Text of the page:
United Technologies Corporation (UTX) says it is supporting Conservation International's efforts to restore critically endangered forests within the mountains of southwest China through a US$200,000 grant stretching over two years.

UTC's grant donation will be used to support a pilot reforestation effort that will replant and improve natural regeneration of native tree species on 102 hectares in the Teng Chong County, Yunnan Province around the Gao Li Gong Nature Reserve. When completed, this effort, a part of CI's Forest Restoration for Climate, Community and Biodiversity initiative, could have the potential to absorb about 16,600 tons of carbon dioxide over 30 years.

"Environmental sustainability is part of UTC's commitment to social responsibility," said Jim Gradoville, president of United Technologies International Operations in China. "That's why we are pleased to support a project such as this, which will help restore the forest in one of the world's most threatened natural environments."

CI's FCCB initiative is working in partnership with the State Forestry Administration of China, the Yunnan and Sichuan forestry departments and other non-government partners to demonstrate the benefits of utilizing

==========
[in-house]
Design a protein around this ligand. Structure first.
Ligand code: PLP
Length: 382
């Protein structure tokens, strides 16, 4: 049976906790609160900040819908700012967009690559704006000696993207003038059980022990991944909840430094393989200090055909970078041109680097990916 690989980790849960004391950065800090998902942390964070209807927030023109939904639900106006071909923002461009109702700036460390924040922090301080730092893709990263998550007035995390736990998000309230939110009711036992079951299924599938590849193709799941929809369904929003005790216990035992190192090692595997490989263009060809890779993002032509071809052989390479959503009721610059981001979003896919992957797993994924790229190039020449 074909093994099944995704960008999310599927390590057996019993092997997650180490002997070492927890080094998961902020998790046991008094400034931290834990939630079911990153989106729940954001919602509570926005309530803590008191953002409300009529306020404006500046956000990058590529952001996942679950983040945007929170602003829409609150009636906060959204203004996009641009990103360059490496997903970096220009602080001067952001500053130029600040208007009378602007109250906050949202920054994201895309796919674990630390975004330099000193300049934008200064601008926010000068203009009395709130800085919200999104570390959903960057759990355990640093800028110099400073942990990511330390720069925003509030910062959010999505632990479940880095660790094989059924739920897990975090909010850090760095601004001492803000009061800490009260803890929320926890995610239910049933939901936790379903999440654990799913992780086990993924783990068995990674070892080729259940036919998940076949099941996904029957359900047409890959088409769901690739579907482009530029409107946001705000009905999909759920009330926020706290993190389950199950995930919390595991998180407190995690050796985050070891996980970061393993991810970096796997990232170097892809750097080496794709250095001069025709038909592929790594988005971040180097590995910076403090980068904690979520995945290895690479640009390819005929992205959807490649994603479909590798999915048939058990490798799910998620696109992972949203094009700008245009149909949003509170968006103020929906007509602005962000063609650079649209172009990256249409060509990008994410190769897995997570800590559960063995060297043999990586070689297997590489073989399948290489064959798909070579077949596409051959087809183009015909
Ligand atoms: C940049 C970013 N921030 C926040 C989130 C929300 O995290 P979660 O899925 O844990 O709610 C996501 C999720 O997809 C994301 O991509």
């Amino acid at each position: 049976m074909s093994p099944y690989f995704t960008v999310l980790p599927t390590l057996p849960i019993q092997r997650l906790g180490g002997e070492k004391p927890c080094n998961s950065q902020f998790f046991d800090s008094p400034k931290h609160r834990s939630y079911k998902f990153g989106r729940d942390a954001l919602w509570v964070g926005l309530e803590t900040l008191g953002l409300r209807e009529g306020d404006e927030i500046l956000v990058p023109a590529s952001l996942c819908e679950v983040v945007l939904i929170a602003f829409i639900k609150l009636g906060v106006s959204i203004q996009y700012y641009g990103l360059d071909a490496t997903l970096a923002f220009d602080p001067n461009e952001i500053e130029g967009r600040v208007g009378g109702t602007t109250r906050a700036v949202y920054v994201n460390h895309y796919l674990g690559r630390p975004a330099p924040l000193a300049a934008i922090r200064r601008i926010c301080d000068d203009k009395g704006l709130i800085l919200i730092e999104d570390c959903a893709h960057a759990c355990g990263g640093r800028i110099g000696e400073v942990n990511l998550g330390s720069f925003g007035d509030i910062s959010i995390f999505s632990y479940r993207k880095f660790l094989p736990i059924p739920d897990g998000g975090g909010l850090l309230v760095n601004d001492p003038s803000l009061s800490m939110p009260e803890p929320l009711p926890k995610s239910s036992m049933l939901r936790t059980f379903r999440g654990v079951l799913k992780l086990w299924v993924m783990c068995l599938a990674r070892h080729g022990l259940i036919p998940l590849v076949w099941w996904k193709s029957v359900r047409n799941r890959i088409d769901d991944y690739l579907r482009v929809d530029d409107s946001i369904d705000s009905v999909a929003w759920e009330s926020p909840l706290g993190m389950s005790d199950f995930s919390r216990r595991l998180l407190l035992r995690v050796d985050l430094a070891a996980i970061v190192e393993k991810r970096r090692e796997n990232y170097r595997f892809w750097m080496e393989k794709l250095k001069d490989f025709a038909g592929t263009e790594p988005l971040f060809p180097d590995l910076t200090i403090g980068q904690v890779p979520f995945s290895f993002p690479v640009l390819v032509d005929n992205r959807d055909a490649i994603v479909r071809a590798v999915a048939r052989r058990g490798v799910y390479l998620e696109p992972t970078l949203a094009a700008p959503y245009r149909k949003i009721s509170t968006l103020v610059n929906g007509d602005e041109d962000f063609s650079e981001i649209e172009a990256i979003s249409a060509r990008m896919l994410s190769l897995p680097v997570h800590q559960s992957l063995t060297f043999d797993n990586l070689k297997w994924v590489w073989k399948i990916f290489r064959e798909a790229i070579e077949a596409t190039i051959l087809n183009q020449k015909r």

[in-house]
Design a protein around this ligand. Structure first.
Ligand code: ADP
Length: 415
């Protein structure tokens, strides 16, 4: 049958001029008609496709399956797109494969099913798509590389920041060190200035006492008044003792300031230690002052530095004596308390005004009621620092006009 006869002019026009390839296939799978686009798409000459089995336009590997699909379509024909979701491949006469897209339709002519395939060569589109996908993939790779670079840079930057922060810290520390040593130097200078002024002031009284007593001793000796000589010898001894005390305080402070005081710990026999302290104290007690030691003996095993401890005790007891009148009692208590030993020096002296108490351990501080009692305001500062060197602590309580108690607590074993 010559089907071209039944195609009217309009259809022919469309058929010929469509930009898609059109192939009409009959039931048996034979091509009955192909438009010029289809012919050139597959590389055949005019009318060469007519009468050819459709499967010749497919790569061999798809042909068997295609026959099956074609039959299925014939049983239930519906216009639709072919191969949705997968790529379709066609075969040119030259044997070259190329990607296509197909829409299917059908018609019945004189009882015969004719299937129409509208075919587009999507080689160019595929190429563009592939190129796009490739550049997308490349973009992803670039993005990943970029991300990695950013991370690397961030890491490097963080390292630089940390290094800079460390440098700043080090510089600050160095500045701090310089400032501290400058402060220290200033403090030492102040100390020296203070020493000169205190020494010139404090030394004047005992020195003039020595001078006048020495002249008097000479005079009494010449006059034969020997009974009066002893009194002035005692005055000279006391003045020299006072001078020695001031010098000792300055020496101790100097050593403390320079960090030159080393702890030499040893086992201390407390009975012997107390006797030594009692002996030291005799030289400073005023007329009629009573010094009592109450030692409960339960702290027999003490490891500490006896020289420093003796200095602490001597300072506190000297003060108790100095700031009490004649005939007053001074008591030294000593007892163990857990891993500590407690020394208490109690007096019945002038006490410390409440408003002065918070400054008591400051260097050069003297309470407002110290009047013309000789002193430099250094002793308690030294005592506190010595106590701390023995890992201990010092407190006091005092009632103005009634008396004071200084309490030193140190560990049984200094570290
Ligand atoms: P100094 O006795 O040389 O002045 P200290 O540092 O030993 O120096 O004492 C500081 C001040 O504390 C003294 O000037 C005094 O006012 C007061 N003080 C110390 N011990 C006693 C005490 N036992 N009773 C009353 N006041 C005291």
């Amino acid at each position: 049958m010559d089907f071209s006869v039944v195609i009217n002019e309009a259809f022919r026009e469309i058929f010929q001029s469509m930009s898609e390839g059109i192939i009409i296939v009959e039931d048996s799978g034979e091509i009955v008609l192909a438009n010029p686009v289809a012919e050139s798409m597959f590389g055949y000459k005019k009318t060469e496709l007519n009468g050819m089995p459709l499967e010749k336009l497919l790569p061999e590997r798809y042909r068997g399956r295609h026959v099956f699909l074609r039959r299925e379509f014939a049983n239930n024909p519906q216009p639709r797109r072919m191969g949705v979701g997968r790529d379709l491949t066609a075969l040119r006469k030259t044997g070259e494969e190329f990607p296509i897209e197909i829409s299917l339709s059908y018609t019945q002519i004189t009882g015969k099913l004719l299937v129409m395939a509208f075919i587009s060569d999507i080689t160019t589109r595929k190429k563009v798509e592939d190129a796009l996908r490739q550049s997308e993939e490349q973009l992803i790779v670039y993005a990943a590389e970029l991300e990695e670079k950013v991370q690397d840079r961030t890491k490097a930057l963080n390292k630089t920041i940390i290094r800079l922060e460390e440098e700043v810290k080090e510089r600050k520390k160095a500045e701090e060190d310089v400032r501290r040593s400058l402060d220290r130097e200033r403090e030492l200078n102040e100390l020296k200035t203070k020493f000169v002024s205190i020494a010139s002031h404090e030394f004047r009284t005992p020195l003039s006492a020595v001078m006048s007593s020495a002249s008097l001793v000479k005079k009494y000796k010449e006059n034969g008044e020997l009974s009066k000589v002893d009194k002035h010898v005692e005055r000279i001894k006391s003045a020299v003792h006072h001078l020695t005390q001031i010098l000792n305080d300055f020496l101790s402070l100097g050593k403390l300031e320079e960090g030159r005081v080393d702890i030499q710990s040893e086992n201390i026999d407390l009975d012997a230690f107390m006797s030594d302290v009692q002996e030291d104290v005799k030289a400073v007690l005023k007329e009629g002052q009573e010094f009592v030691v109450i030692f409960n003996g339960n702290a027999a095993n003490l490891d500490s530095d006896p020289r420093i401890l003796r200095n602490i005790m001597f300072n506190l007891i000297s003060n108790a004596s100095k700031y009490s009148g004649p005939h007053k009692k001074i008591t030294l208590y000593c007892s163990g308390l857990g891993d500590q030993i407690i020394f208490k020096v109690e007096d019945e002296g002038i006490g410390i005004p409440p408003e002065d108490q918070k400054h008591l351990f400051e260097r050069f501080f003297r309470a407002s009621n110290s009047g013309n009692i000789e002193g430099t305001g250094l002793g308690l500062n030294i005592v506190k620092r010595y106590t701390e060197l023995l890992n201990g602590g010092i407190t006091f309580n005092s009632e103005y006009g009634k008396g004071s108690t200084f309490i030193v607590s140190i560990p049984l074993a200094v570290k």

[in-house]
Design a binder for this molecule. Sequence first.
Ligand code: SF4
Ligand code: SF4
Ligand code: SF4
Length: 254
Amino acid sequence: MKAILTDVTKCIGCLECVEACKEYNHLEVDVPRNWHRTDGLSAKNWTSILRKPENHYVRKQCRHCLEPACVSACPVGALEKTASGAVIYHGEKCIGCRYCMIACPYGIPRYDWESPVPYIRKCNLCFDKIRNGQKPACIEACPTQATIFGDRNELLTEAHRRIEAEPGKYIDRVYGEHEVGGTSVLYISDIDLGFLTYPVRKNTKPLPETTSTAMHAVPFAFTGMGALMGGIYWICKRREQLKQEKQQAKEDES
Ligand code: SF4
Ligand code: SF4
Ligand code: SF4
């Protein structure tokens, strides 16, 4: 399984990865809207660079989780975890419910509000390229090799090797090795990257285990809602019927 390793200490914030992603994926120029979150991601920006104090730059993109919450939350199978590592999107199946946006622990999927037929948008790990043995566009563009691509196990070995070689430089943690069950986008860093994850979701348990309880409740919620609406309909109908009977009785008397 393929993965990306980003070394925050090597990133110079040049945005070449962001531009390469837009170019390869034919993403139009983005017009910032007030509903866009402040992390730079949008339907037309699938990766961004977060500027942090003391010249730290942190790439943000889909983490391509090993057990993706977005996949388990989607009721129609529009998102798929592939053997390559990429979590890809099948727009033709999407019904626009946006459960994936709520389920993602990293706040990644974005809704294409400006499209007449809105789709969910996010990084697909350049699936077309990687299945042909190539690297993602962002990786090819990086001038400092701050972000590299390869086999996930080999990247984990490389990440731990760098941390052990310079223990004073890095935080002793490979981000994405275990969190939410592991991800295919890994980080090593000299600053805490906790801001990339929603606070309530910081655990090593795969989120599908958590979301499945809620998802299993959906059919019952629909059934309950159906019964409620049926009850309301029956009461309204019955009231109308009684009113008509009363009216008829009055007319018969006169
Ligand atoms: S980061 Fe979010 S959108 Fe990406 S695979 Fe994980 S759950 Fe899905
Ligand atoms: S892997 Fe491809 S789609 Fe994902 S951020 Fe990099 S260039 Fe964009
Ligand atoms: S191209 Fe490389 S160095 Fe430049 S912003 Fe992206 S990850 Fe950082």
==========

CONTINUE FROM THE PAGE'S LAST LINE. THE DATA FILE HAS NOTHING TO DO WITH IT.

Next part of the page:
native species to restore degraded lands in areas that provide critical habitat for wildlife. In addition to revitalizing habitat, the pilot projects will demonstrate the additional value of ecological services provided by native species, such as carbon sequestration and water services. Initial funding for the initiative was provided by the 3M Foundation.

The mountains of southwest China face increased pressure from over logging and flooding due to loss of natural habitat. By reforesting with native species, it provides multiple benefits, such as protecting the region from massive soil erosion and flooding, insuring a viable habitat for endangered species, conservation of soil and water, reducing the risks of pests, pathogens and fire, and sequestration of carbon, one of the main contributors to global climate change.

"We are pleased that CI is helping China restore our natural forests within this vital region, and would also like to thank UTC for their generous support, "said Zou Heng Fang, director of reforestation division of the Yunnan Forestry Department. "Such projects show how both private and public entities can work together to support conservation efforts."

CI's reforestation efforts in China will follow the standards created by the Climate, Community and Biodiversity Alliance (CCBA), an initiative of leading companies and NGOs to promote land-based projects that deliver multiple benefits. To earn approval under the CCB Standards, projects must satisfy 15 required criteria to demonstrate compelling net benefits for fighting climate change, conserving biodiversity, and improving socio-economic conditions for local communities.


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